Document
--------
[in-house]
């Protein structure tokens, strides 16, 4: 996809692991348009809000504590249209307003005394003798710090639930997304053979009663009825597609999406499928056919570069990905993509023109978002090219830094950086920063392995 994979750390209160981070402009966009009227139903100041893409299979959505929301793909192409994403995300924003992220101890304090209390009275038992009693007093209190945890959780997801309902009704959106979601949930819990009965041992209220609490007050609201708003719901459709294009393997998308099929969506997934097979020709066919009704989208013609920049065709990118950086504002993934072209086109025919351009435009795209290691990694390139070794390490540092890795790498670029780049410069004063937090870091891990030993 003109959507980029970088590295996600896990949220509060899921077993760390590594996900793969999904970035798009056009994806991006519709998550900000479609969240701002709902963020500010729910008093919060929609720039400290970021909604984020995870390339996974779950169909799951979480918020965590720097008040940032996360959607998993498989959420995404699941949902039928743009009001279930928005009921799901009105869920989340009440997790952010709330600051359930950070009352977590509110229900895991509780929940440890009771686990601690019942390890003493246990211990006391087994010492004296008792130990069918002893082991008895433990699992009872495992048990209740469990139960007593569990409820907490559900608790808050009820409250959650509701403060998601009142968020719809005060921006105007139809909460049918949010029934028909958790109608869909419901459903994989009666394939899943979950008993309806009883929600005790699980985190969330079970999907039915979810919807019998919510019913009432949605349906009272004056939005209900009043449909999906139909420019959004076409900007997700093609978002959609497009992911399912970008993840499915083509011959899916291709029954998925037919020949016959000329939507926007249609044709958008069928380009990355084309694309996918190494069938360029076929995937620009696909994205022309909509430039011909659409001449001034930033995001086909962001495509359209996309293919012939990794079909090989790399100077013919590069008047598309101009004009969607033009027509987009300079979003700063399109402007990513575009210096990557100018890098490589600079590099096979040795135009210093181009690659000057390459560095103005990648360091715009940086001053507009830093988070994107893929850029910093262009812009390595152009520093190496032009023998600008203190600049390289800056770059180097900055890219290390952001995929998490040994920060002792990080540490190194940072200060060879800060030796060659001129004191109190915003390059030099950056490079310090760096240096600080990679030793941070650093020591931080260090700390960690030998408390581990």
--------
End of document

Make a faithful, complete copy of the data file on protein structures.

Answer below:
[in-house]
């Protein structure tokens, strides 16, 4: 996809692991348009809000504590249209307003005394003798710090639930997304053979009663009825597609999406499928056919570069990905993509023109978002090219830094950086920063392995 994979750390209160981070402009966009009227139903100041893409299979959505929301793909192409994403995300924003992220101890304090209390009275038992009693007093209190945890959780997801309902009704959106979601949930819990009965041992209220609490007050609201708003719901459709294009393997998308099929969506997934097979020709066919009704989208013609920049065709990118950086504002993934072209086109025919351009435009795209290691990694390139070794390490540092890795790498670029780049410069004063937090870091891990030993 003109959507980029970088590295996600896990949220509060899921077993760390590594996900793969999904970035798009056009994806991006519709998550900000479609969240701002709902963020500010729910008093919060929609720039400290970021909604984020995870390339996974779950169909799951979480918020965590720097008040940032996360959607998993498989959420995404699941949902039928743009009001279930928005009921799901009105869920989340009440997790952010709330600051359930950070009352977590509110229900895991509780929940440890009771686990601690019942390890003493246990211990006391087994010492004296008792130990069918002893082991008895433990699992009872495992048990209740469990139960007593569990409820907490559900608790808050009820409250959650509701403060998601009142968020719809005060921006105007139809909460049918949010029934028909958790109608869909419901459903994989009666394939899943979950008993309806009883929600005790699980985190969330079970999907039915979810919807019998919510019913009432949605349906009272004056939005209900009043449909999906139909420019959004076409900007997700093609978002959609497009992911399912970008993840499915083509011959899916291709029954998925037919020949016959000329939507926007249609044709958008069928380009990355084309694309996918190494069938360029076929995937620009696909994205022309909509430039011909659409001449001034930033995001086909962001495509359209996309293919012939990794079909090989790399100077013919590069008047598309101009004009969607033009027509987009300079979003700063399109402007990513575009210096990557100018890098490589600079590099096979040795135009210093181009690659000057390459560095103005990648360091715009940086001053507009830093988070994107893929850029910093262009812009390595152009520093190496032009023998600008203190600049390289800056770059180097900055890219290390952001995929998490040994920060002792990080540490190194940072200060060879800060030796060659001129004191109190915003390059030099950056490079310090760096240096600080990679030793941070650093020591931080260090700390960690030998408390581990």